The local concert venue and night club The Haçienda in Manchester centre was such a beacon of the local ups and downs on its own. This legendary club opened its doors in 1982 and wasn't all that legendary at the beginning. In fact, people used to say they have never performed in such a dump. But only a few years later the club was packed every night it. Factory Records, the label behind iconic bands such as Joy Division and New Order, and more specific its manager Tony Wilson kept the entire establishment financial alive. Throughout the years an endless row of famous rock artists, pop stars and DJs performed in The Haçienda. To mention just a few: Madonna who sang her Holiday in her early days, The Fall, The Smiths, and of course the Stone Roses and the Happy Mondays who represented a new wave in the Manchester music scene at the late 80's. New Order basically lived in The Haçienda: without New Order there would have been no Haçienda and without Haçienda we would never have heard of New Order. Of course Oasis had its gigs there too. As the city's most famous sons the Gallagher brothers say "It all started in Manchester". 1986 was the year that the British rave scene started with the full package of teenagers popping ecstasy pills, loud music, neon lights, lasers, and stroboscopes. Techno and early house music were all about love and connection and so was ecstasy. But the reckless dealers and other aggressive low-lives who were after the money started to spoil the scene. The Haçienda became an even shadier spot than it was before. People were beaten up, people died of overdoses and other unfortunate incidents started happening. The club had some narrow escapes but in 1997 it finally lost its license. Shame, really, but the legacy it left behind is undeniable. If you want to know more about Factory Records and The Haçienda it is highly recommended to watch the movie 24 Hour Party People; it's fun and not any other cinematographic work captured so well the spirit of the Manchester music scene.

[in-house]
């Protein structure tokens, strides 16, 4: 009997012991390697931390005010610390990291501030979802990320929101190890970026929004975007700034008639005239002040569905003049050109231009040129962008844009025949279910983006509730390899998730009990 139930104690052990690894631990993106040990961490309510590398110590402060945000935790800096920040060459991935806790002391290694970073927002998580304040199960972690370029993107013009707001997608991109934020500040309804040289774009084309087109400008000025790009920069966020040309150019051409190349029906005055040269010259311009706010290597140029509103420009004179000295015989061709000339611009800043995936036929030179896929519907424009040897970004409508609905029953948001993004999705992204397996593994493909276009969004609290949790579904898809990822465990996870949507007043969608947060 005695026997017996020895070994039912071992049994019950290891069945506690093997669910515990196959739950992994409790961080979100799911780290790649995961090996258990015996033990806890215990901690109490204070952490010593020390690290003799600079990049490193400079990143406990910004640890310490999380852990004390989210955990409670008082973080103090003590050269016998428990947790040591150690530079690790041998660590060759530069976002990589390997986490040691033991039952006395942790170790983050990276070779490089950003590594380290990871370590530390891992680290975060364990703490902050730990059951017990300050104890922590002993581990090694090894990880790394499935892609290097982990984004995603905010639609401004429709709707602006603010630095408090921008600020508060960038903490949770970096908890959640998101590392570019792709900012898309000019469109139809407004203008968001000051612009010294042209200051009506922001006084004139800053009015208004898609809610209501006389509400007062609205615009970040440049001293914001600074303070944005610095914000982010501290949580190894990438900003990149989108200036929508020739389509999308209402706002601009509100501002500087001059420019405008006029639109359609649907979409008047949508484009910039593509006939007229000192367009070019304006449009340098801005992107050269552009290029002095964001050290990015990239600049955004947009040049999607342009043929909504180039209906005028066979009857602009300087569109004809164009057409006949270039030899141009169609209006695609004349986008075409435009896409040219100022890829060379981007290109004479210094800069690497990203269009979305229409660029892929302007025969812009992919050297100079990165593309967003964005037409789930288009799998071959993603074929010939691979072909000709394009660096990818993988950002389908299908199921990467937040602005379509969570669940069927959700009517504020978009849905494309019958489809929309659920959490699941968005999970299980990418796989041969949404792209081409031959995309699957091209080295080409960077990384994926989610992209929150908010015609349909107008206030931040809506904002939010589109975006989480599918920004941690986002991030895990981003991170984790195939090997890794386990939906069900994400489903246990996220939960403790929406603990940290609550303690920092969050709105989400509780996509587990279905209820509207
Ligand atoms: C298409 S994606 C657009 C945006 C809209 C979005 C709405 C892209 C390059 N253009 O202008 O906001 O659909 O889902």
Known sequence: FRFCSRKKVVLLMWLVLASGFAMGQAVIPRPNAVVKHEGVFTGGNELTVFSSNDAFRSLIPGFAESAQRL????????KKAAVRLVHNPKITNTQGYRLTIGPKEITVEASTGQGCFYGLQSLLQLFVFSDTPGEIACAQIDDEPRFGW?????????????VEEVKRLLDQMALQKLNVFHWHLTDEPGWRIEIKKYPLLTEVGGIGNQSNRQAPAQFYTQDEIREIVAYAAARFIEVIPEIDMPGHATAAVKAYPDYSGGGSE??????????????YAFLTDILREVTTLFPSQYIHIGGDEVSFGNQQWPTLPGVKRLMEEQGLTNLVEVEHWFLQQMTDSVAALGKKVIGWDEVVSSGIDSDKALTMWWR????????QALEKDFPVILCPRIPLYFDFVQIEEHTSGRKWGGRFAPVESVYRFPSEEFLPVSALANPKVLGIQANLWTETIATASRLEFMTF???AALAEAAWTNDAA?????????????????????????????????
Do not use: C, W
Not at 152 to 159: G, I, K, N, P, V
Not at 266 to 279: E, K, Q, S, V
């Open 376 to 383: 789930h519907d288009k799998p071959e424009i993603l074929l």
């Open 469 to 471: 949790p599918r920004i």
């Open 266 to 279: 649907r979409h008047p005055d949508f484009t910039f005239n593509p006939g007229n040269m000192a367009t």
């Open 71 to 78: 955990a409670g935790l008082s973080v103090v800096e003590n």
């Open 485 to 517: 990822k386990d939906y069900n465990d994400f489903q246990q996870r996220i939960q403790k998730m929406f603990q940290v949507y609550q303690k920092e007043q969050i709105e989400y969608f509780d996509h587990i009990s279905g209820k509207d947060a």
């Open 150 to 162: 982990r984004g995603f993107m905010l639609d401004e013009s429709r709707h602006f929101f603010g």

The National Football Museum situated in the futuristic Urbis building in Manchester's city centre

For those who cannot get a ticket for Old Trafford: England's national museum of football, based in the Urbis building, labels itself as the largest football museum in the world

Music isn't the only religion that Manchester is known for, even if you would be a football-hater you would have heard about Manchester United and their home: Old Trafford Stadium. United has over 3 million fans all over the world. Both on local and international level United's fan base is bigger than the one of that other world-famous club of the same city and eternal rival: Manchester City. I can only imagine how much of a pilgrimage site Old Trafford is for the fans. There's the compulsory shop, cafes and all the good stuff and this temple of sport is open to visitors during most of the week. Ancient history is also an important part of this revolutionary city. Ruins of a Roman fort are gradually being restored to their former glory, while the Manchester Museum houses even older relics. Exhibits include goodies such as the skeleton of "Stan" the Tyrannosaurus Rex or a collection of Egyptian sarcophagi. All sorts of art and curios from the past are also stored in the Manchester Art Gallery, those include paintings and a fair share of modern art. The Town Hall is also an interesting landmark. It was built as an answer to London's architecture it looks like a huge lounge with stained wood interior and leather chairs, a place where you'd sit down with a glass of whiskey and a cigar.